From Oct. 14, 2012, an extended interview with Juan Felipe Herrera,California Poet Laureate. Herrera is the first Hispanic Poet Laureate in the state. He talks about how he’s using the exposure to create the biggest poem in the world built on the theme of Unity. He also talks about the “I Promise Joanna” Project, which invites teachers, students, and all victims of bullying to share their stories in memory of 11-year-old Joanna Ramos, who died while being victimized by bullies. Herrera also talks about his current project - a staged presentation of monologues & poems based on interviews with Cuca & Eva Aguirre, 1930’s radio stars from the El Paso-Juarez region. In this expanded conversation, he also talks about a recent "Lowrider Laureate Parade" he participated in with other California Laureates. He also explores his role as a keeper of metaphor. Juan Felipe Herrera contributes to this week’s Poem of the Week by reading a few lines from his new play about Cuca & Eva Aguirre.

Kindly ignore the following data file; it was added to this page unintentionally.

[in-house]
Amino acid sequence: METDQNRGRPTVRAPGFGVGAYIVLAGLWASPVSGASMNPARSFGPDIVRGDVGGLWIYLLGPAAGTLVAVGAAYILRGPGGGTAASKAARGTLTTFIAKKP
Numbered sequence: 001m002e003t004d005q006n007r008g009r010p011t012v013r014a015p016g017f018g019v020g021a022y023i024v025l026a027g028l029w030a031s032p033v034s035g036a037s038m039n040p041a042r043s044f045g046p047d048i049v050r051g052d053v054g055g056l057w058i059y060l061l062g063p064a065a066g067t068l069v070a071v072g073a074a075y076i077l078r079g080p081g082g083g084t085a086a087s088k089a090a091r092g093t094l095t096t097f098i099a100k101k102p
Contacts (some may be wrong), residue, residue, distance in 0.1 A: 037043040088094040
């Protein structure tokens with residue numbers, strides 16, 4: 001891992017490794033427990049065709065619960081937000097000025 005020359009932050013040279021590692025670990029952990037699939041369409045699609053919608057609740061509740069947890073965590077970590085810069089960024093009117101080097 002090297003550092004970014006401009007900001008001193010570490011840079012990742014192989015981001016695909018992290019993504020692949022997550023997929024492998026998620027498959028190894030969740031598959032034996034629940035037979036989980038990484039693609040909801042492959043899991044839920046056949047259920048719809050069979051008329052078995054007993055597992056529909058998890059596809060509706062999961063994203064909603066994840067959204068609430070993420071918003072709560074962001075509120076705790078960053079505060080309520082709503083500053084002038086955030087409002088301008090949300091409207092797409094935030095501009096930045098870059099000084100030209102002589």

Daniel talks with Juan Felipe Herrera, California Poet Laureate (aired Oct 14, 2012). Herrera is the first Hispanic Poet Laureate in the state. He talks about how he’s using the exposure to create the biggest poem in the world built on the theme of Unity. He also talks about the “I Promise Joanna” Project, which invites teachers, students, and all victims of bullying to share their stories in memory of 11-year-old Joanna Ramos, who died while being victimized by bullies. Herrera also talks about his current project - a staged presentation of monologues & poems based on interviews with Cuca & Eva Aguirre, 1930’s radio stars from the El Paso-Juarez region. Juan Felipe Herrera contributes to this week’s Poem of the Week by reading a few lines from his new play about Cuca & Eva Aguirre. www.facebook.com/pages/Juan-Felipe-Herrera/103794522993002, www.juanfelipepoet.com This week’s Poetic License comes from Paul Pedroza, a native El Pasoan who moved to the Midwest to further his studies, but who came back to El Paso after realizing it was ok to miss the desert.